Finding and identifying objects within an image is very challenging not only because of the large variety in appearance of objects, but also due to the staggering number of possible locations an object can occupy. Humans have the remarkable ability to quickly find coherent regions in an image which surely facilitates recognition. Recently, impressive progress has been made in computer vision on finding sets of coherent regions that accurately cover objects. By reducing the set of possible interesting locations and providing better object boundaries, these works facilitate the use of more expensive and advanced computer vision techniques on the regions of an image that matter most, giving rise to substantial improvements in object localisation and semantic segmentation. Our research works attept to generate possible object locations with a data-driven selective search approach (shown in Fig. 1) and improve the generation of classindependent object regions (shown in Fig. 2).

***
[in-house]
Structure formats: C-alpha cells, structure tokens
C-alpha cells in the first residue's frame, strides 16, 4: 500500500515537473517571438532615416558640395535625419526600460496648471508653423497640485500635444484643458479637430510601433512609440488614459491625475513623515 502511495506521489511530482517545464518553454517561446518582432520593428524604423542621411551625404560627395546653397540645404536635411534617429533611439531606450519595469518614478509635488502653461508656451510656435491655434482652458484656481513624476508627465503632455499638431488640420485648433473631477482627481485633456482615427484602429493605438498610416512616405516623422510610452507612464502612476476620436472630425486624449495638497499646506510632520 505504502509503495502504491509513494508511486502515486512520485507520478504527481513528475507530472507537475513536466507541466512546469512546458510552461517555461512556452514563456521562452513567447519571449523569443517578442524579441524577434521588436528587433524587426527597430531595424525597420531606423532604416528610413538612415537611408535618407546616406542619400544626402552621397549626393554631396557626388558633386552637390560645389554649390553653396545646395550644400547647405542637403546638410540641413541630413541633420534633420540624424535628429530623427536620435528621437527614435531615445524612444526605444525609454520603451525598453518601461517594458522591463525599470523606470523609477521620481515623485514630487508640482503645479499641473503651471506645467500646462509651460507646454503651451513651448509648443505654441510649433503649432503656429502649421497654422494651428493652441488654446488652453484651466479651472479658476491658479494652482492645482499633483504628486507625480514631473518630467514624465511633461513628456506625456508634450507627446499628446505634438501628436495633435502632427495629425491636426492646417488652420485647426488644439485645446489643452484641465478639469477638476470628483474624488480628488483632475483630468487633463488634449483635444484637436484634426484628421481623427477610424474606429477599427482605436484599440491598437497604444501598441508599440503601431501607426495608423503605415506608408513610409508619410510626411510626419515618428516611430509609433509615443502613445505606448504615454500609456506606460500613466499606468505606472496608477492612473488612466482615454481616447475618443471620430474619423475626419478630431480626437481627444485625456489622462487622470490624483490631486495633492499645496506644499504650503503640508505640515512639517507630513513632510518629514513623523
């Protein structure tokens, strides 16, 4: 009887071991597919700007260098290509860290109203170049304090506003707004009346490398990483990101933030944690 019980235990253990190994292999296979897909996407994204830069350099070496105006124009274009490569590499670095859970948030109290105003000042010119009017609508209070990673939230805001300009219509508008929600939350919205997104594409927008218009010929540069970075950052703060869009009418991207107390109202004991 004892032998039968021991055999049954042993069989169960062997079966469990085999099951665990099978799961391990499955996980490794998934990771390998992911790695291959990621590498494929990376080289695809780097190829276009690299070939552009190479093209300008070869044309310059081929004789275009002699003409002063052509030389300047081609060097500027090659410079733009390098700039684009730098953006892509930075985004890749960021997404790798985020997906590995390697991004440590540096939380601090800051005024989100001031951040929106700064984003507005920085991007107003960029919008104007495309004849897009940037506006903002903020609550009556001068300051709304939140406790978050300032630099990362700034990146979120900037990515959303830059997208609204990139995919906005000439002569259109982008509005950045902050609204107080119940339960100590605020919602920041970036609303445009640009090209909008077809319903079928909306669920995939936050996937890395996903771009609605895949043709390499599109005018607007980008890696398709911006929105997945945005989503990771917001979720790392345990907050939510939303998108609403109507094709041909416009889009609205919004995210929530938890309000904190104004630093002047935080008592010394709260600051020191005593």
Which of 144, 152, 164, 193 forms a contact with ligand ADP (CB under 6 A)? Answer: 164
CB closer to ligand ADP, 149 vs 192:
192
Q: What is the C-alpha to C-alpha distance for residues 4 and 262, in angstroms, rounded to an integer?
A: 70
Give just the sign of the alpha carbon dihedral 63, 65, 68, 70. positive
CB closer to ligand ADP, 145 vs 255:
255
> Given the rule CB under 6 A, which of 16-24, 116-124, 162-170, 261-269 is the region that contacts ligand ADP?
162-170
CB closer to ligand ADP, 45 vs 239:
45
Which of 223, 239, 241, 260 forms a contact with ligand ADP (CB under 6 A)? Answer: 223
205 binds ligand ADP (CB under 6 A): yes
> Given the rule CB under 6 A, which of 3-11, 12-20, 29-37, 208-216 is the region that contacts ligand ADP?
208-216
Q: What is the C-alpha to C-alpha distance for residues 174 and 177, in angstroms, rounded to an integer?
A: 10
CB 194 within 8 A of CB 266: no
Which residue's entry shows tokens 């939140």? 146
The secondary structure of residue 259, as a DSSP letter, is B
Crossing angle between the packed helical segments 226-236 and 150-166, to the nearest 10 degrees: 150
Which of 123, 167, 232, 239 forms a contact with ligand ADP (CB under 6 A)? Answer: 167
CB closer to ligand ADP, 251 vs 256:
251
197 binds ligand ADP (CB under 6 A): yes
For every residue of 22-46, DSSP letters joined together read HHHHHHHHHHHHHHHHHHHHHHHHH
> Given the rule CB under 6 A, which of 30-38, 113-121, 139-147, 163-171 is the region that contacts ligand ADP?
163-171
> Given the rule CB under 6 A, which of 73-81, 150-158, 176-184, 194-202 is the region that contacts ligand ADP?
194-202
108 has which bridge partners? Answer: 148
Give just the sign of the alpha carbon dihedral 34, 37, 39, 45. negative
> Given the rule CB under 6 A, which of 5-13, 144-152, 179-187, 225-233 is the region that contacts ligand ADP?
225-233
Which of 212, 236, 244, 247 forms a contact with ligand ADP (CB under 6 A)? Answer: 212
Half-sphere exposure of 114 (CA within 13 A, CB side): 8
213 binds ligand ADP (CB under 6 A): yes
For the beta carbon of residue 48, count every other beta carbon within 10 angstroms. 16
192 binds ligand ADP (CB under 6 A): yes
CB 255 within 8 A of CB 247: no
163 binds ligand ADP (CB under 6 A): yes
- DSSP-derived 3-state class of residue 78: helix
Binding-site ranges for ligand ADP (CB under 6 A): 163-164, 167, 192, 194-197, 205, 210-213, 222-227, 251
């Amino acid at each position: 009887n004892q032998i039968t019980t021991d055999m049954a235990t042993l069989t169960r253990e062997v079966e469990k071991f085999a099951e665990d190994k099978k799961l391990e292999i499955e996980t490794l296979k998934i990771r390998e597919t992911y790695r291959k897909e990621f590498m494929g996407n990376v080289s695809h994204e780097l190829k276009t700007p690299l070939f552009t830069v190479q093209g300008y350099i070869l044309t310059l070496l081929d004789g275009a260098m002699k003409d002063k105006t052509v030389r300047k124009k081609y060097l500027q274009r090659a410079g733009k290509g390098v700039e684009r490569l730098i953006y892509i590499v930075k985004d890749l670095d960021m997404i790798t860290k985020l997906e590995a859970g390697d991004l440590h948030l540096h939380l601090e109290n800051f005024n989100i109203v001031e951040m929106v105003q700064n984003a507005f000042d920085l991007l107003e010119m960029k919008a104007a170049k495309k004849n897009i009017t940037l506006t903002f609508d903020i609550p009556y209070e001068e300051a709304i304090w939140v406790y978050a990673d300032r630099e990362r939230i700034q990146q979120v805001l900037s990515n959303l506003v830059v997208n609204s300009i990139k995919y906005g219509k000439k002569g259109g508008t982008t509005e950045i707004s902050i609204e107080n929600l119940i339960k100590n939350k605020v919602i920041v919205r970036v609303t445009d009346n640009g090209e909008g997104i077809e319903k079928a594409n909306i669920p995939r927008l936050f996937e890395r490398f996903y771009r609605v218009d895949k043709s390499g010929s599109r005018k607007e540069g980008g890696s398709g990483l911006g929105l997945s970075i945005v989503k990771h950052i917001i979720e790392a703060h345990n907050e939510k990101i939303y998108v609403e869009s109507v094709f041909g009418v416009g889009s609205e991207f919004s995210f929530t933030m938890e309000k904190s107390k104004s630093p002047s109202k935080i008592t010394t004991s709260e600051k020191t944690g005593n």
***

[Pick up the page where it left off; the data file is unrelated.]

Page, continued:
Fig. 1 The training procedure of our object recognition pipeline. As positive learning examples we use the ground truth. As negatives we use examples that have a 20-50% overlap with the positive examples. We iteratively add hard negatives using a retraining phase
Fig. 2 The proposed framework for generating class-independent object hypotheses. We start with an oversegmentation. Then we greedily group segments together in a hierarchical fashion where we use a pre-trained Random Forest classifier to determine at each stage of the hierarchy which regions should be merged. Afterwards we identify stable blobs and merge all adjacent pairs. Merging stable blobs allows for the discovery of objects which consist of visually dissimilar parts.
- Selective Search for Object Recognition
J.R.R. Uijlings, K.E.A. van de Sande, T. Gevers, A.W.M. Smeulders
- Learning to Group Objects
Victoria Yanulevskaya, Jasper Uijlings, Nicu Sebe
IEEE Conference on Computer Vision and Pattern Recognition (CVPR), 2014. [PDF][BibTex]
- A proto-object-based computational model for visual saliency
Victoria Yanulevskaya, Jasper Uijlings, Jan-Mark Geusebroek, Nicu Sebe, Arnold Smeulders
Journal of Vision, 13(13):1-19, 2013. [PDF][BibTex]
- Sparse Color Interest Points for Image Retrieval and Object Categorization
Julian Stottinger, Allan Hanbury, Nicu Sebe, Theo Gevers
IEEE Transactions on Image Processing (TIP), 21(5):2681-2692, 2012. [PDF][BibTex]